Self-efficacy expectancies, outcome expectancies, and symptoms of depression: a test of causal relationships



Journal Title

Journal ISSN

Volume Title


Texas Tech University


An experiment was conducted to test the predictions made by self-efficacy theory regarding the etiology of depressive symptoms. The experiment also was designed to allow comparison of the predictions made by self-efficacy theory with those made by the revised learned helplessness model of depression.

Two levels of self-efficacy expectancy (high and low) and two levels of outcome expectancy (high and low) were induced experimentally. The effects of these manipulations on the following variables were assessed: (1) performance, as measured by persistence at an unsolvable problem; (2) level of self -esteem; (3) level of self reported depressed mood; and (4) degree of apathy. Subjects were 40 female undergraduates enrolled in introductory psychology who received course credit for their participation.

Results failed to support completely the predictions made by either self-efficacy theory or the revised learned helplessness model of depression. Self-efficacy expectancy had a significant effect on self-reported apathy for an anticipated task (a set of geometric design problems), with subjects in the low self-efficacy expectancy condition expressing greater apathy (less interest, less concern) for attempting to solve the anticipated problems than subjects in the high self-efficacy expectancy condition. No other significant effects were found. Correlational analyses indicated that self- efficacy expectancy was a significant predictor of apathy for the task, general feelings of apathy, and self-esteem.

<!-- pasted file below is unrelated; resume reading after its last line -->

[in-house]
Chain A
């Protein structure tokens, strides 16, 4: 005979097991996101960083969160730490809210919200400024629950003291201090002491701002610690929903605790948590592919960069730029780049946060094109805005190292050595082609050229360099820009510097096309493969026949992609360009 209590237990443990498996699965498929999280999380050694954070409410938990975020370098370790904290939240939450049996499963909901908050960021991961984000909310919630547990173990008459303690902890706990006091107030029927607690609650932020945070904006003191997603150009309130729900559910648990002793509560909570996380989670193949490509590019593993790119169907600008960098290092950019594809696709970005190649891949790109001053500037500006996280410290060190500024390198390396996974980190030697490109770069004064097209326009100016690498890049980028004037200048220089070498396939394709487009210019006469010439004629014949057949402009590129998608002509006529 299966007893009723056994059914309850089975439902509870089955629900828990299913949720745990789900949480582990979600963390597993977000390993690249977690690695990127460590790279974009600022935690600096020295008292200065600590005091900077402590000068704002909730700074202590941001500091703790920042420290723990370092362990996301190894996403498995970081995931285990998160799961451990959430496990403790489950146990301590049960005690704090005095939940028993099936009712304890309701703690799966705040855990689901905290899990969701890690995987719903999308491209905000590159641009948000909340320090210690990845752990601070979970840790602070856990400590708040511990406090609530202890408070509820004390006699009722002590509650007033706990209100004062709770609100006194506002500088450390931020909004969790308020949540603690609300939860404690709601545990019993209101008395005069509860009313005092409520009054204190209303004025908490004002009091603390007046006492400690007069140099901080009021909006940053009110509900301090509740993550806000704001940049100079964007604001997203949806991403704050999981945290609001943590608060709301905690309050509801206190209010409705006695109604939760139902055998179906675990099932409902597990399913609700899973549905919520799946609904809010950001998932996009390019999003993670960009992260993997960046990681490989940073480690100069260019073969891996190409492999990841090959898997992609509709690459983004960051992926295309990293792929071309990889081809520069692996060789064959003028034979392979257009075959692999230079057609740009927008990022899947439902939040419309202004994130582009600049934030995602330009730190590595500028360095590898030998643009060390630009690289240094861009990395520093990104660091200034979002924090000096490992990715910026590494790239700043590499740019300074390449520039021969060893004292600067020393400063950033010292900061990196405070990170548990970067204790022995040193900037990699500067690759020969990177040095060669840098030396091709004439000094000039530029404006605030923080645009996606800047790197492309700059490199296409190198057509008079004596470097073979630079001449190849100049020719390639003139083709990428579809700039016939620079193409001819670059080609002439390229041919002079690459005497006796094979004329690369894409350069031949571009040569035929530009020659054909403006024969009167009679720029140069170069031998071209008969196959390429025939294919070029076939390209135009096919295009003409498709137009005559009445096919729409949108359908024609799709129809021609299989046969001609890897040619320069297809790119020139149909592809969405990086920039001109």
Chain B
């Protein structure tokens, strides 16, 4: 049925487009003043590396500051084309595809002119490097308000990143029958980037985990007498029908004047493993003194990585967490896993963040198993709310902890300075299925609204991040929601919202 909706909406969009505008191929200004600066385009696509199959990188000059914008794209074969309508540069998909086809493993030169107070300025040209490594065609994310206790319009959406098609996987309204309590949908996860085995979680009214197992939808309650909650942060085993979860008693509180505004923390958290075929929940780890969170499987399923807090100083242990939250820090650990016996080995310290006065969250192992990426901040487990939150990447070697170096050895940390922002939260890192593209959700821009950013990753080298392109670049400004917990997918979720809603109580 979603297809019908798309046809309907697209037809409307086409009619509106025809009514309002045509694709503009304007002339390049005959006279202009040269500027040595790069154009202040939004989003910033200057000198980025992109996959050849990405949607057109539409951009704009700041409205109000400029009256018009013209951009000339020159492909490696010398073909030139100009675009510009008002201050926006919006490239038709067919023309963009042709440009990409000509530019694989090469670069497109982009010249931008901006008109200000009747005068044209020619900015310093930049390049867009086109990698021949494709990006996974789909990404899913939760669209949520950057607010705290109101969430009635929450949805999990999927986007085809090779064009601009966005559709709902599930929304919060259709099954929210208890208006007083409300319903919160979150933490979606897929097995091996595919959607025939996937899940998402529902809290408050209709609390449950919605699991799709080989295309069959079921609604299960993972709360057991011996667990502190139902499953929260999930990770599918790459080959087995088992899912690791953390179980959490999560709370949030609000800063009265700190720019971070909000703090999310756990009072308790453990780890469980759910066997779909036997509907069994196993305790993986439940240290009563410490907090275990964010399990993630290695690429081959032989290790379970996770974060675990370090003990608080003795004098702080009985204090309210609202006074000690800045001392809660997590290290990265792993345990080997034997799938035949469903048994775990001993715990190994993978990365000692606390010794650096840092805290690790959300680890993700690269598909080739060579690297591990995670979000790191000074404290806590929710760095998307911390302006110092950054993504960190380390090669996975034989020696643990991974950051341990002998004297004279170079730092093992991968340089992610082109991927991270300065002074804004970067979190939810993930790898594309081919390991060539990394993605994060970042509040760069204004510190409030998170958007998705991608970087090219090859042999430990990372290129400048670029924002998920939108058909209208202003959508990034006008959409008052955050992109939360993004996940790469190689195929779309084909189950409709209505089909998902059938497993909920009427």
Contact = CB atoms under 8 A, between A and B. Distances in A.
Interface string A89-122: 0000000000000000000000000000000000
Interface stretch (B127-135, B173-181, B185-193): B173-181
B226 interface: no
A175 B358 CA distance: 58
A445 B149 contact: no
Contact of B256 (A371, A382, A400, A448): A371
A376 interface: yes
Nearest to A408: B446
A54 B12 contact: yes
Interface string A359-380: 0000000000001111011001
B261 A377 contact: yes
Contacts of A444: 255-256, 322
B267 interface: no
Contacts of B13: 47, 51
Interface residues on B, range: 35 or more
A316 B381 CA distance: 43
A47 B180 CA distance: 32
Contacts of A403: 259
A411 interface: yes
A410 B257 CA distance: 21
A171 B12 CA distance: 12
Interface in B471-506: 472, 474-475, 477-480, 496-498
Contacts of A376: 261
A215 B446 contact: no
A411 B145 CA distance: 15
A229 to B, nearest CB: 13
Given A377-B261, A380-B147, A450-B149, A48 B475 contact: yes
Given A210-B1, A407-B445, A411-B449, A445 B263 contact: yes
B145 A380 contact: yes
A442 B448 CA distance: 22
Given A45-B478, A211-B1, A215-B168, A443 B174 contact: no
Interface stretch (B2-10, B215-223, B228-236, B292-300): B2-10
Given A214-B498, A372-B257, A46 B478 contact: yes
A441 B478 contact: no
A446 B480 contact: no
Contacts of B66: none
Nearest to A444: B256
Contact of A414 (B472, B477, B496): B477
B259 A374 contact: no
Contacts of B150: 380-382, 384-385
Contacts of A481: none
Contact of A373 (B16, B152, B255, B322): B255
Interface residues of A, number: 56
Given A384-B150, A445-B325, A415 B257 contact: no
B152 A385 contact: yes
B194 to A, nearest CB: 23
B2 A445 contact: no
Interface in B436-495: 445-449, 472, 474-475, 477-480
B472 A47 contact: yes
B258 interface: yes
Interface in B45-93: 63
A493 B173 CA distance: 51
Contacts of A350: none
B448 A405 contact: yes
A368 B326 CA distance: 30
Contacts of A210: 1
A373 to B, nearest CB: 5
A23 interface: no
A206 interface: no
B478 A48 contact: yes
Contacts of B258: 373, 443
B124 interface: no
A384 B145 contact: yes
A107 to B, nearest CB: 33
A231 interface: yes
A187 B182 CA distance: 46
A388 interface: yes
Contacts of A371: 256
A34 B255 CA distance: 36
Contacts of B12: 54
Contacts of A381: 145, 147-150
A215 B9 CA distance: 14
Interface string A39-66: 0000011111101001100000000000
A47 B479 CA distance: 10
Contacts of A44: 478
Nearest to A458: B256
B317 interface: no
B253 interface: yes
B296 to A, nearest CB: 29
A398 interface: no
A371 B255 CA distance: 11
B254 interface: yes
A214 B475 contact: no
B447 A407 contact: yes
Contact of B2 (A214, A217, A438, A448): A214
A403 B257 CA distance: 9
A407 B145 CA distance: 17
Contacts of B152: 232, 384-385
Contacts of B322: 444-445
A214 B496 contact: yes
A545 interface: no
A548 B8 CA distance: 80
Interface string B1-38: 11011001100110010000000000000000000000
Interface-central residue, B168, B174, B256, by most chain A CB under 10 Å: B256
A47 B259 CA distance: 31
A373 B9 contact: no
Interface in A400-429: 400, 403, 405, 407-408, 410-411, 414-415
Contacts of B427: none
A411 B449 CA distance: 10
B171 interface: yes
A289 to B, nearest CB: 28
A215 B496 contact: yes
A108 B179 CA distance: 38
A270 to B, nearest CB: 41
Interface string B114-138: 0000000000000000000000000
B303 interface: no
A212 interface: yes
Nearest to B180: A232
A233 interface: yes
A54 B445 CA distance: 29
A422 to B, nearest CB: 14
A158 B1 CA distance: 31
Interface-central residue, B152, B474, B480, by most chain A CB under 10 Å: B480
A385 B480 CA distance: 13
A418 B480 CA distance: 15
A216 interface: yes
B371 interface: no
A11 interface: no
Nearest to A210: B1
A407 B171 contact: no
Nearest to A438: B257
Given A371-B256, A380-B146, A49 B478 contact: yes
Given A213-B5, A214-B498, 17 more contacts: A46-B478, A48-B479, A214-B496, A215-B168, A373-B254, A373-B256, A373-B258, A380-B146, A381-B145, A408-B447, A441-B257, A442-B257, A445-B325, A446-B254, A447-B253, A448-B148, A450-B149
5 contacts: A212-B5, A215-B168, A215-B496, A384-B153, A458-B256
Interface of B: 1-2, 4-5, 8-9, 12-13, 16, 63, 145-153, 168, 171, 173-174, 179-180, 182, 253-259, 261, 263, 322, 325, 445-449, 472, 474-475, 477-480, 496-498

Findings of the current research are limited by uncertainties regarding the effects of the following: (1) the interaction of subject gender and type of task used, (2) subjects' pre-experimental vulnerability to various mood states, and (3) subjects' perceptions of the abilities of others to perform the anticipated task. The impact of these variables should be addressed in future research.



Expectation (Psychology), Mental, Depression, Helplessness (Psychology)